Most fiction from the pony book genre starts with a boy or girl who desperately wants a horse. He or she usually acquires a horse. And proceeds to successfully tame, ride, show or race the horse.
Come Down the Mountain is a bit different than the norm in several ways. The most obvious is the dust jacket artwork. There’s nary a horse to be found, a quite unusual approach by the publishers!
I went out of my way to get the first US edition of this book as I was intrigued by the cover. Even without a horse depicted, it feels right. The book is about a village where most of the property is owned by an eccentric landlord, a Bassett, who lives in a house high on a hill above the village. The dust jacket gives a strong feeling of the exalted landlord and the lowly villagers. The graveyard on the left reminds us that this village has a history. The backward leaning houses could illustrate how villagers closed their minds to an animal’s suffering. Yet, the vibrant green and blue in the image has a promise of spring and change behind it….
Our protagonist, Brenda, a teenage schoolgirl, does not immediately appear to fall in line with the norm either. It’s quickly made clear that she is overweight, a bit of a misfit at school and likes animals, but there’s no hint of her having any lifelong desire to own or ride a horse.
However, Brenda is a girl who knows her own mind. The old landlord has died and the property is contested. With the property, however, comes a horse. An ex-racehorse. And no one is there to care for this horse who has grazed his pasture until it is mostly mud. Brenda worries about the arrival of winter. She feels certain the animal can’t survive.
In her heart, she knows that leaving any animal to suffer is a horrible wrong. But no one wants to do anything, for fear of what a new Bassett might do when the will is settled. Too many villagers live in houses or on land owned by the powerful Bassett family and no one wants to incur Bassett ire.
Brenda initially tries to convince her father that something must be done, only to meet with failure. Her father is not only worried about the new owners, but about the cost of keeping a horse. It’s clear, however, that he really wishes he could do this for his daughter. Still worried, Brenda visits the horse, finding that the horse is in pain and badly in need of a farrier. Her father also sees the horse when he goes after Brenda and his heart starts to change.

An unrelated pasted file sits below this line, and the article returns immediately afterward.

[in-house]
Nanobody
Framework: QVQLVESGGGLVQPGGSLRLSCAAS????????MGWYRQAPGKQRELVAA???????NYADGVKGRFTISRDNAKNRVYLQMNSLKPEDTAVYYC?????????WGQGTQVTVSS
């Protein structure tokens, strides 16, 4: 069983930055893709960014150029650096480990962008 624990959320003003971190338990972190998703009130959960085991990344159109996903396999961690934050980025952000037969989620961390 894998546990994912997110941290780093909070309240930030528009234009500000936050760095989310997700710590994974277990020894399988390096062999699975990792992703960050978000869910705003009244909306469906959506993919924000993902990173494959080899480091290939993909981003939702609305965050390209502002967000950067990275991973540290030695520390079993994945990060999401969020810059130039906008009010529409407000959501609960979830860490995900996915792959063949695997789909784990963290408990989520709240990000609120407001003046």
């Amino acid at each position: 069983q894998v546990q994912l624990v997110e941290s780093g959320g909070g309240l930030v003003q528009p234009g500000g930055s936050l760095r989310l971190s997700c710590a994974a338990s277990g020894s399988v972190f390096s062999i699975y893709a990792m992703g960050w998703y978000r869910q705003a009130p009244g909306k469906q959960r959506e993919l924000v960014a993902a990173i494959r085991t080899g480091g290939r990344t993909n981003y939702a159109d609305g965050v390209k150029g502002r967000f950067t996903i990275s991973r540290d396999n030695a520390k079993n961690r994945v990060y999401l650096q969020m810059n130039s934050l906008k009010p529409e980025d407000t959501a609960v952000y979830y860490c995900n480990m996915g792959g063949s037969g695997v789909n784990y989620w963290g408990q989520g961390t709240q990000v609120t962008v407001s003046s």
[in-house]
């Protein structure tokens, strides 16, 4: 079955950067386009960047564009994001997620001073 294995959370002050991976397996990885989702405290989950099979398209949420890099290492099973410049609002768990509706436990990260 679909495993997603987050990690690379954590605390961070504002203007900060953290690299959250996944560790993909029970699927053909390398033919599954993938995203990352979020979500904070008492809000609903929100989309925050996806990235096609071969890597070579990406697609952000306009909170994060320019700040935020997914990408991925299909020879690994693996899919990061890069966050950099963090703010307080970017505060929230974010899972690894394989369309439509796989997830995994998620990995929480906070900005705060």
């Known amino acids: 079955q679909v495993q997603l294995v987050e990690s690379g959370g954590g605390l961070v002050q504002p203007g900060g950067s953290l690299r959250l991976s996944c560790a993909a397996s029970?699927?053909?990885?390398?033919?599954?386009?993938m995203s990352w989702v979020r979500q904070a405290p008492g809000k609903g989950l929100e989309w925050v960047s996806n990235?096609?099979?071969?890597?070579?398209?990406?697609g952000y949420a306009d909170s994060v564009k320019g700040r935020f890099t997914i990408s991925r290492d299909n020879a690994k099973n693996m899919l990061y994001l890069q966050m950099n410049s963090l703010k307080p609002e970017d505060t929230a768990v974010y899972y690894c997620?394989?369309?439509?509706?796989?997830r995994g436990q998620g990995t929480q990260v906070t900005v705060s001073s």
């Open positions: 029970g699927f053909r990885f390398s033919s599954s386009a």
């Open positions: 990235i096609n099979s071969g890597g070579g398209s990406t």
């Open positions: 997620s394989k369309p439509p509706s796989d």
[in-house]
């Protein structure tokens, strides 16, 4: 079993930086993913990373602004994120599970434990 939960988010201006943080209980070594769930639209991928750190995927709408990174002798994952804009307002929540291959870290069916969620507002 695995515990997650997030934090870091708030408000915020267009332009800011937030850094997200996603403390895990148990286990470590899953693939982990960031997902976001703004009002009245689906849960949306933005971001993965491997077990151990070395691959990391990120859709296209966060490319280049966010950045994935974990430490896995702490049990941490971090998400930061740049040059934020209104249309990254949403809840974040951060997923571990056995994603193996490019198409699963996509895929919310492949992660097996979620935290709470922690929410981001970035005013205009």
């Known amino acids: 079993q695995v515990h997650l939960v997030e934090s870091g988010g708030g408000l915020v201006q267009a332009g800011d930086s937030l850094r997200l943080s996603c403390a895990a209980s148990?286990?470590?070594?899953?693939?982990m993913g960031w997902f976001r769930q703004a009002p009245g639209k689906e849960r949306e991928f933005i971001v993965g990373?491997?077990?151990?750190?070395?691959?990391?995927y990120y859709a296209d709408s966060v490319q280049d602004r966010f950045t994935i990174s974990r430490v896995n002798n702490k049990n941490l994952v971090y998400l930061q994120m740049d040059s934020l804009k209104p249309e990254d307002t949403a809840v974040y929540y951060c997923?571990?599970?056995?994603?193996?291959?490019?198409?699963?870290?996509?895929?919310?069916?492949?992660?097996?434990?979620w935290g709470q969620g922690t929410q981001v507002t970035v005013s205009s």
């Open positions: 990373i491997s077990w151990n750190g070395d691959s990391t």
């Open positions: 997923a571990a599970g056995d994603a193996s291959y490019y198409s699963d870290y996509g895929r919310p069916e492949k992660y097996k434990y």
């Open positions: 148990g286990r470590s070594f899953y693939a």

He then goes to his father-in-law to ask for help, and is soundly rejected. Yet, as it transpires, the story of the horse starts eating into Brenda’s grandfather’s heart as well. It becomes clear that the plight of the horse has been a weight on everyone’s mind.
This is really less of a horse story and more of a people story. The horse’s rescue serves as a catalyst to free the village from the belief that they have to be subservient to a landlord. As Brenda proceeds to care for the horse, her school friends start to see her as someone different than just “Fatso.” Brenda, in acting and rescuing the horse, finds confidence in herself.
Throughout, there’s no hint of any plans for the horse other than caring for him, which is different and refreshing. I loved seeing the close relationship Brenda had with her father, and also her grandfather. Even her mother, concerned they simply can’t afford to care for the horse, comes around. Brenda’s relationships with her school friends have an all too real awkwardness that a teenager often encounters.
Naturally, the new owner of the horse turns up eventually to claim his property. The horse is his, even if it’s of no value. But all comes right in the end.
A lovely read, with a similar feel to classic horse stories like National Velvet and My Friend Flicka. According to a review on Amazon.com, this story was based on a horse Vian Smith actually knew, though in real life, the attempt to save the horse was unsuccessful.
Come Down the Mountain
1967 first U.S. edition by Doubleday & Company, Inc.
written by Vian Smith (1919–1969)
jacket art by William Shields (1925–2010)
The author, Vian Smith lived in Totnes, a small town in Devon, England with his wife, five children and his horses. Smith was one of a very few professional writers to hold a Jockey Club permit to train steeplechasers. In all he wrote over twenty books of which 13 were horse related. His books contain a great deal of perception about human relationships.
You may not have heard of the illustrator William Shields before, but in truth, he was a fine artist! For thirty-five years, Bill produced some of the country’s best illustrations: fresh, playful, loose and innovative. His illustrations were coveted by such clients as Bantam Books, Time Life and Macmillan Publishing Co., and were awarded numerous gold medals by the Societies of Illustrators in New York, San Francisco and Los Angeles, and the Houston Artists Guild.